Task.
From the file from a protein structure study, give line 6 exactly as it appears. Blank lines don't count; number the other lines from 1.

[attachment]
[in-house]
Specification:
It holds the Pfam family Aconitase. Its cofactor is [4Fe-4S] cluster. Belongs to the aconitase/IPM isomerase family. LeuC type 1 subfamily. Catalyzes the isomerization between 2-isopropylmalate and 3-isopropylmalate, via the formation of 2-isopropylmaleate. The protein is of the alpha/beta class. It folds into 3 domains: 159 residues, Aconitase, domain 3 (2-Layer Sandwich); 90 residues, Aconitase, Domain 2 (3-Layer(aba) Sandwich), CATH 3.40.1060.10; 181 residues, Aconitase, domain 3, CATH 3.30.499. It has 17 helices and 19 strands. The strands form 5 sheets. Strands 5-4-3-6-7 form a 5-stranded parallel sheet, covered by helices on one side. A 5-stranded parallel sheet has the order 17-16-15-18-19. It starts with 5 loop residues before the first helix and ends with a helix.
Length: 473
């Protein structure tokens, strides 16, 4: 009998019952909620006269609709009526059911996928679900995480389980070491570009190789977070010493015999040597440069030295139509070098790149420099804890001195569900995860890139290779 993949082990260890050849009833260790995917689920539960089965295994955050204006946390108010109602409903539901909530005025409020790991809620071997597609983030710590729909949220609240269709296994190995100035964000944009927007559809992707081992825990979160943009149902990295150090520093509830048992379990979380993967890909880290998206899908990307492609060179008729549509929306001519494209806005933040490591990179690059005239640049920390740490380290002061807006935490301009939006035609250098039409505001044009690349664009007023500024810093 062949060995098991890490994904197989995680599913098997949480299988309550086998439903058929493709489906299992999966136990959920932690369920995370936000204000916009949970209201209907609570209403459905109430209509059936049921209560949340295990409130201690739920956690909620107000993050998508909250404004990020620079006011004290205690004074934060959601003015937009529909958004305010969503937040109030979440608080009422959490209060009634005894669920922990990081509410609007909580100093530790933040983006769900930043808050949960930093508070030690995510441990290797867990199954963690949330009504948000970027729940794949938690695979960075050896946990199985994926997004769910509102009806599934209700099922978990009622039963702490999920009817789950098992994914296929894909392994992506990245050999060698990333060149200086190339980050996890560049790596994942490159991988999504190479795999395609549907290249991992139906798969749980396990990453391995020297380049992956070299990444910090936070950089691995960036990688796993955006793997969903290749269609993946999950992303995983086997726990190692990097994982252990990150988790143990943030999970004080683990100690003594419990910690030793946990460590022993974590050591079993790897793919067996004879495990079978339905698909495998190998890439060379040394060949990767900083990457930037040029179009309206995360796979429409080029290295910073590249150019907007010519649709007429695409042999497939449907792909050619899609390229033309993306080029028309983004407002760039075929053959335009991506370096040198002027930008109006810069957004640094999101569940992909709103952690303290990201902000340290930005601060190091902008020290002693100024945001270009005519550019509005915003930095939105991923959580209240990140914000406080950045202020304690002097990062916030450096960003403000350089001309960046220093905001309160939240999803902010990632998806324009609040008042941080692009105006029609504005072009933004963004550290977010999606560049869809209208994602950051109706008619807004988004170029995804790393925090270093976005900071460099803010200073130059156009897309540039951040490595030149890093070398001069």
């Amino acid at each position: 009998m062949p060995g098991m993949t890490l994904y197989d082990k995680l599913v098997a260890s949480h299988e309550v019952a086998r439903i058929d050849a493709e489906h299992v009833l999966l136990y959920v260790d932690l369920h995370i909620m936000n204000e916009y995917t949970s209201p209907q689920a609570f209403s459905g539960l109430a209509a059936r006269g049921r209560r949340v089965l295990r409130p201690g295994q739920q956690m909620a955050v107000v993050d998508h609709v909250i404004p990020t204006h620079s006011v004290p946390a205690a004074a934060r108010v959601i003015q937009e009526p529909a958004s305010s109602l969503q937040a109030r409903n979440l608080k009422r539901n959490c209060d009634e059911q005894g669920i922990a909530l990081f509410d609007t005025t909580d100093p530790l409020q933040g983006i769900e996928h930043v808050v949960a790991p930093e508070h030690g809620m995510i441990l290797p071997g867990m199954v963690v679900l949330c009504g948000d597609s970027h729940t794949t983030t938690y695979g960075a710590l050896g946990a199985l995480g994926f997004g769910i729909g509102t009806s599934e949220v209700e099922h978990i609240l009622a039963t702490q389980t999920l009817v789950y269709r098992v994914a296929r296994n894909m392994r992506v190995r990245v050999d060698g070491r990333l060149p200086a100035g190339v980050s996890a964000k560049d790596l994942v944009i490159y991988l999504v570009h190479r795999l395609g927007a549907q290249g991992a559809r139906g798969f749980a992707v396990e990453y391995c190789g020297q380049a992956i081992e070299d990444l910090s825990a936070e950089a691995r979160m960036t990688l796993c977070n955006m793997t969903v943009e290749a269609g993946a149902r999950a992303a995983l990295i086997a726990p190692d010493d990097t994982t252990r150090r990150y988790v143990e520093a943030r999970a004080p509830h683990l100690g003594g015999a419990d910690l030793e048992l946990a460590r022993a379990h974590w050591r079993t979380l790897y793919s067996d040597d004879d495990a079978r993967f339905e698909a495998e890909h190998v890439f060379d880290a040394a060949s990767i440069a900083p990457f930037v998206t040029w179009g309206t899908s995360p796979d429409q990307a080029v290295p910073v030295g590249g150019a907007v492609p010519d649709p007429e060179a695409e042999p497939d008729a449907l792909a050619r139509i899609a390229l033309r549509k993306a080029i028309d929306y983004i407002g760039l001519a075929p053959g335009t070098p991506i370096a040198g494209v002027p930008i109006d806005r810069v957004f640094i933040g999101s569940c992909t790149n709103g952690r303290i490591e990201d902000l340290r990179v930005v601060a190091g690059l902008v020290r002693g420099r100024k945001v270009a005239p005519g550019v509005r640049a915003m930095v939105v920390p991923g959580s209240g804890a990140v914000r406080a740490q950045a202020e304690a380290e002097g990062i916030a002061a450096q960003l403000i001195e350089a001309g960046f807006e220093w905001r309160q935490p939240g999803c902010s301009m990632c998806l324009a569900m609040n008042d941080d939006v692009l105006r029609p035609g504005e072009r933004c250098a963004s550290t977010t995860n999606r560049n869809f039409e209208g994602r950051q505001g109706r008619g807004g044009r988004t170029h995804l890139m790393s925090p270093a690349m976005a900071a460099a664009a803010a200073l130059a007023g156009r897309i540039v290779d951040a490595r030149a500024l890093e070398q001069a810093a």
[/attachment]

């Amino acid at each position: 009998m062949p060995g098991m993949t890490l994904y197989d082990k995680l599913v098997a260890s949480h299988e309550v019952a086998r439903i058929d050849a493709e489906h299992v009833l999966l136990y959920v260790d932690l369920h995370i909620m936000n204000e916009y995917t949970s209201p209907q689920a609570f209403s459905g539960l109430a209509a059936r006269g049921r209560r949340v089965l295990r409130p201690g295994q739920q956690m909620a955050v107000v993050d998508h609709v909250i404004p990020t204006h620079s006011v004290p946390a205690a004074a934060r108010v959601i003015q937009e009526p529909a958004s305010s109602l969503q937040a109030r409903n979440l608080k009422r539901n959490c209060d009634e059911q005894g669920i922990a909530l990081f509410d609007t005025t909580d100093p530790l409020q933040g983006i769900e996928h930043v808050v949960a790991p930093e508070h030690g809620m995510i441990l290797p071997g867990m199954v963690v679900l949330c009504g948000d597609s970027h729940t794949t983030t938690y695979g960075a710590l050896g946990a199985l995480g994926f997004g769910i729909g509102t009806s599934e949220v209700e099922h978990i609240l009622a039963t702490q389980t999920l009817v789950y269709r098992v994914a296929r296994n894909m392994r992506v190995r990245v050999d060698g070491r990333l060149p200086a100035g190339v980050s996890a964000k560049d790596l994942v944009i490159y991988l999504v570009h190479r795999l395609g927007a549907q290249g991992a559809r139906g798969f749980a992707v396990e990453y391995c190789g020297q380049a992956i081992e070299d990444l910090s825990a936070e950089a691995r979160m960036t990688l796993c977070n955006m793997t969903v943009e290749a269609g993946a149902r999950a992303a995983l990295i086997a726990p190692d010493d990097t994982t252990r150090r990150y988790v143990e520093a943030r999970a004080p509830h683990l100690g003594g015999a419990d910690l030793e048992l946990a460590r022993a379990h974590w050591r079993t979380l790897y793919s067996d040597d004879d495990a079978r993967f339905e698909a495998e890909h190998v890439f060379d880290a040394a060949s990767i440069a900083p990457f930037v998206t040029w179009g309206t899908s995360p796979d429409q990307a080029v290295p910073v030295g590249g150019a907007v492609p010519d649709p007429e060179a695409e042999p497939d008729a449907l792909a050619r139509i899609a390229l033309r549509k993306a080029i028309d929306y983004i407002g760039l001519a075929p053959g335009t070098p991506i370096a040198g494209v002027p930008i109006d806005r810069v957004f640094i933040g999101s569940c992909t790149n709103g952690r303290i490591e990201d902000l340290r990179v930005v601060a190091g690059l902008v020290r002693g420099r100024k945001v270009a005239p005519g550019v509005r640049a915003m930095v939105v920390p991923g959580s209240g804890a990140v914000r406080a740490q950045a202020e304690a380290e002097g990062i916030a002061a450096q960003l403000i001195e350089a001309g960046f807006e220093w905001r309160q935490p939240g999803c902010s301009m990632c998806l324009a569900m609040n008042d941080d939006v692009l105006r029609p035609g504005e072009r933004c250098a963004s550290t977010t995860n999606r560049n869809f039409e209208g994602r950051q505001g109706r008619g807004g044009r988004t170029h995804l890139m790393s925090p270093a690349m976005a900071a460099a664009a803010a200073l130059a007023g156009r897309i540039v290779d951040a490595r030149a500024l890093e070398q001069a810093a």